... to everyone who contributed to the creation of this film. It strikes me as a masterful integration of value-laden story, acting, directing, editing, and photography. If there is interest, I can write more of why I think so.
A Russian correspondent of mine, who wrote me that he once saw and loved an earlier film of Roman's, adding that Balayan was born of Armenian parents in Kiev in 1941, a tumultuous time. If true, this might explain Roman's indifference to separating Ukrainian from Russian, and his deciding to make "Bright..." about fundamental life value-choices that are universal, and to work in the Slavic language most easily available to him among professionals and most broadly accessible to his first audience.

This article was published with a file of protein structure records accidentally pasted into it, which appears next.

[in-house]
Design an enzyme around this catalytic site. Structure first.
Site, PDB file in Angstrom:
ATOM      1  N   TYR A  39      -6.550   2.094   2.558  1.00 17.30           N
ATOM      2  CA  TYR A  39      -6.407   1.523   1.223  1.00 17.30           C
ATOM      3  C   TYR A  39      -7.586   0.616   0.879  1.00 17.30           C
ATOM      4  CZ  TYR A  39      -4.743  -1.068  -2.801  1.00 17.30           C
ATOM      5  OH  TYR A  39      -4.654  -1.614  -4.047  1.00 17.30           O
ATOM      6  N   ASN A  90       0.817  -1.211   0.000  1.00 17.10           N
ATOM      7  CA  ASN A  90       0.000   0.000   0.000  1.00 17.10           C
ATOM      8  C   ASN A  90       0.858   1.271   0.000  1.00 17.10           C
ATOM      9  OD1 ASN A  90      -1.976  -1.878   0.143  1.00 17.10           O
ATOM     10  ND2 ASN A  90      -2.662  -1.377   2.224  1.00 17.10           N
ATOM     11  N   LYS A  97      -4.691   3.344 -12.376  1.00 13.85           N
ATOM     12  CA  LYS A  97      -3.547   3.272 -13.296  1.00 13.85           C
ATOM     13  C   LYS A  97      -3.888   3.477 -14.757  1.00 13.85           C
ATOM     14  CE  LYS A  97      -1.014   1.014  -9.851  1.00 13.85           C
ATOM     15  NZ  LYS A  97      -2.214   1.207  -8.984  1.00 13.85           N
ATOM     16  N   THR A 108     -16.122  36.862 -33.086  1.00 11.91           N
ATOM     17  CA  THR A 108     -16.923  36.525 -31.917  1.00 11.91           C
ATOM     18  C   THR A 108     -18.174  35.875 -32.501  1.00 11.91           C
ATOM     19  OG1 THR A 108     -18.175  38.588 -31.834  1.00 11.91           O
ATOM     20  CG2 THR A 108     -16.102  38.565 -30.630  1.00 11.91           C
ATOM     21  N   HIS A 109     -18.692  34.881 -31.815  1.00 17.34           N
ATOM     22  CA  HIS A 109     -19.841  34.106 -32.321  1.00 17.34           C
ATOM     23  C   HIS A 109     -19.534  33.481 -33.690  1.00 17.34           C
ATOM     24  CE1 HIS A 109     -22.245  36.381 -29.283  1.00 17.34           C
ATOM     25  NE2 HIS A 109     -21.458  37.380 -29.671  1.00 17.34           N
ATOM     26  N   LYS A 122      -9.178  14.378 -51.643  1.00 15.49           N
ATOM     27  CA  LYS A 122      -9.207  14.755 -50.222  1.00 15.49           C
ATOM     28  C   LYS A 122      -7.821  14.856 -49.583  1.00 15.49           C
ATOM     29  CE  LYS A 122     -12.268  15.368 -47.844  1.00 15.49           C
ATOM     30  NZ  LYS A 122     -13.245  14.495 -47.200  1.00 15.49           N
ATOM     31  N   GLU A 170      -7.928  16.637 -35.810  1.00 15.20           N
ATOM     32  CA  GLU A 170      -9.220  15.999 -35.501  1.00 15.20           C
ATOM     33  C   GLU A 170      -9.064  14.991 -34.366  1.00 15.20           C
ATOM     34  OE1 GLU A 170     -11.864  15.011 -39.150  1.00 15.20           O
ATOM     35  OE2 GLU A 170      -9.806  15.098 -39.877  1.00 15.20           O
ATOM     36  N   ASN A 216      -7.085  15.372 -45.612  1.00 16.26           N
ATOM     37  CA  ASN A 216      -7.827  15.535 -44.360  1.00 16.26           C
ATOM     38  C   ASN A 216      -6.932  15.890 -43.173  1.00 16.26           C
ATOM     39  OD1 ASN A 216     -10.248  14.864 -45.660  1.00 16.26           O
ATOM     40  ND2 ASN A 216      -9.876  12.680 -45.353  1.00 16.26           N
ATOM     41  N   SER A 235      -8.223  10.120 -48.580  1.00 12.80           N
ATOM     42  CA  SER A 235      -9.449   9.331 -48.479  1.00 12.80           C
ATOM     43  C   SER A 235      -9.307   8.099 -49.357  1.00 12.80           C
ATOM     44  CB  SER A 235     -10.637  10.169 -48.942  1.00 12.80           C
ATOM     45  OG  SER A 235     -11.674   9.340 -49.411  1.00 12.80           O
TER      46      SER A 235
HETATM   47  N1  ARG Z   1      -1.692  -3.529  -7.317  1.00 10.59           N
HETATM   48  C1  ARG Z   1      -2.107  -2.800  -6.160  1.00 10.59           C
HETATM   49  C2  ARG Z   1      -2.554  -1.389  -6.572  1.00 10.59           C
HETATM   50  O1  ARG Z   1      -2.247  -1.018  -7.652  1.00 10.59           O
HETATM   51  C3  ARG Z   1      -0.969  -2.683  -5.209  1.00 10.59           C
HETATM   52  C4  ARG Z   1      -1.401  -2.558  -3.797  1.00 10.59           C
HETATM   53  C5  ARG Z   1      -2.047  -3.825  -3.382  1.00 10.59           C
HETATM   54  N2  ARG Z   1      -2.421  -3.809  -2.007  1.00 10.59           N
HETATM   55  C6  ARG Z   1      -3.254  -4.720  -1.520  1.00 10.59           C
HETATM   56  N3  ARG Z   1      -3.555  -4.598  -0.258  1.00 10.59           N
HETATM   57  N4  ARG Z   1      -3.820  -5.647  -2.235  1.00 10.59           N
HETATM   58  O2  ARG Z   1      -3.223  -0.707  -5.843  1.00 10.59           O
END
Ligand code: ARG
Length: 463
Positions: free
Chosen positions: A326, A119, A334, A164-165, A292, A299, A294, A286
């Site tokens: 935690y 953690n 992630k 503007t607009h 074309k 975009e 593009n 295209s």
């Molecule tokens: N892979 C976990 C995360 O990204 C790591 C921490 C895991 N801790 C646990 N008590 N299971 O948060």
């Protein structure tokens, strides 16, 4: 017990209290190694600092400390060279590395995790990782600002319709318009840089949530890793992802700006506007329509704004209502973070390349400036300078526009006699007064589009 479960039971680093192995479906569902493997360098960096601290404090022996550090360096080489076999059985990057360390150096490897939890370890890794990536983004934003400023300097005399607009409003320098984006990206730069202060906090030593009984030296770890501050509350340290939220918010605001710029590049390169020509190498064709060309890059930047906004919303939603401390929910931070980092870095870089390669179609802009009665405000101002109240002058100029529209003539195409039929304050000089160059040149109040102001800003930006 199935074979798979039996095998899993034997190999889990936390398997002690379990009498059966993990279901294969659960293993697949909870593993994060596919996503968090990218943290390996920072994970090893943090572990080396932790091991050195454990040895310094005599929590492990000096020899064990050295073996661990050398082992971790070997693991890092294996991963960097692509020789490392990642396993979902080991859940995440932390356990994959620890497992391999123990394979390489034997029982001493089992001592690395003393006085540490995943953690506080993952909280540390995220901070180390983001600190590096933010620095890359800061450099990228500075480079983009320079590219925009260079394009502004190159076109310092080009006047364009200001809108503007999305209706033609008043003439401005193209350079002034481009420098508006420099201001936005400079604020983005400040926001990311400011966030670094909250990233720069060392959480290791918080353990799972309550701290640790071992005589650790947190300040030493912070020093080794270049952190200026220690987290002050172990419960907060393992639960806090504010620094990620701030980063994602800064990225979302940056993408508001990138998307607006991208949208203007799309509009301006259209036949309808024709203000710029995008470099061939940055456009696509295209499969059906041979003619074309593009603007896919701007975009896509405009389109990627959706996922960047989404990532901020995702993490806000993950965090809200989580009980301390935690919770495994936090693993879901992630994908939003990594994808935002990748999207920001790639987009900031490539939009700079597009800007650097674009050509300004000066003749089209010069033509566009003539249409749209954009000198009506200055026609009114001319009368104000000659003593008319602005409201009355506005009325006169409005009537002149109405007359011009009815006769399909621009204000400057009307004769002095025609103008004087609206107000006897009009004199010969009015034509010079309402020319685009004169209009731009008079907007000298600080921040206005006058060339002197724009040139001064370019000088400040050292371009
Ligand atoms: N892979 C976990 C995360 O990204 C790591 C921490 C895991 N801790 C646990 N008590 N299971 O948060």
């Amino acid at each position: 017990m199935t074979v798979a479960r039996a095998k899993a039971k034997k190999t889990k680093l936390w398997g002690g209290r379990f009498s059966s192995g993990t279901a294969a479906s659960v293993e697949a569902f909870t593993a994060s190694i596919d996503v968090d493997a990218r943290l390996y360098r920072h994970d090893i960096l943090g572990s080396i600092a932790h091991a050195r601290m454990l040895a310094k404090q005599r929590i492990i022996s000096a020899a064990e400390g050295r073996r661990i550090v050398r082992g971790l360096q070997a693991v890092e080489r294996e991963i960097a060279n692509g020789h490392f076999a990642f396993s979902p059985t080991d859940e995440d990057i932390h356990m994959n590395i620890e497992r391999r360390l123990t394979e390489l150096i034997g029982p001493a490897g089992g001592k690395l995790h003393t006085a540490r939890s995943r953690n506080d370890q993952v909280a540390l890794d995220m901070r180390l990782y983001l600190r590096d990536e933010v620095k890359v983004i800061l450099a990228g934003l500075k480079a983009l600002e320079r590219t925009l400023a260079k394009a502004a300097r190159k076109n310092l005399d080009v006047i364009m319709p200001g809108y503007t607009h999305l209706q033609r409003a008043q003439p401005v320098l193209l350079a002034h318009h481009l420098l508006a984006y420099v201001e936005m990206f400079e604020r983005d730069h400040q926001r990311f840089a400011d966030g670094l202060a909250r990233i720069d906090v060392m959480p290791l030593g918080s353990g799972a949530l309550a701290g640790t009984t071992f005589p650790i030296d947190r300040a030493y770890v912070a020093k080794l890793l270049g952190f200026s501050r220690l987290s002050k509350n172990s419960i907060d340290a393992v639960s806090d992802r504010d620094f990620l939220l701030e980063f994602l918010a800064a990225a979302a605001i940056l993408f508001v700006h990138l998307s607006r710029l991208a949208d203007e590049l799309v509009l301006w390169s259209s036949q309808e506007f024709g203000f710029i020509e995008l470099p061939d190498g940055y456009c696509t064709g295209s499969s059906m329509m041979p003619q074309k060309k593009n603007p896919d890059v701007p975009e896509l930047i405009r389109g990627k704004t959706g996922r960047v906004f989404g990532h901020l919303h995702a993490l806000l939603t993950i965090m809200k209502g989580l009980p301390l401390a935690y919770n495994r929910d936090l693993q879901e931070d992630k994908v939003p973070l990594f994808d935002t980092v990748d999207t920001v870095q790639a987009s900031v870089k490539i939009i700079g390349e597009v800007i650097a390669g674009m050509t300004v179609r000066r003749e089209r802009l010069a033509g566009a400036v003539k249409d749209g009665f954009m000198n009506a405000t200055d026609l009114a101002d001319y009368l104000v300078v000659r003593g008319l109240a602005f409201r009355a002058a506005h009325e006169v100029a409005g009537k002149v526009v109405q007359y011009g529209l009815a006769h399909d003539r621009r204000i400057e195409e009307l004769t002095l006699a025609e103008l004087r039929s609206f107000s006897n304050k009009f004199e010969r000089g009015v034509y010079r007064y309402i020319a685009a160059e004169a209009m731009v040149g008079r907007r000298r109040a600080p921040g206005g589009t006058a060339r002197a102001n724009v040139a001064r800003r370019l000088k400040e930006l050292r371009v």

In India they make films in English. To me, Russian and English are languages imposed broadly by imperial powers; one can embrace or ignore them at one's own peril.
Technical questions: which Eastman films were used as camera and release stock? What intermediates, if any? We enjoyed beautiful image and sound from a projected DVD with superimposed English sub-titles; which sub-titled generation was this DVD made from, and where? Will Roman Balayan work in film again, or will he move to all digital?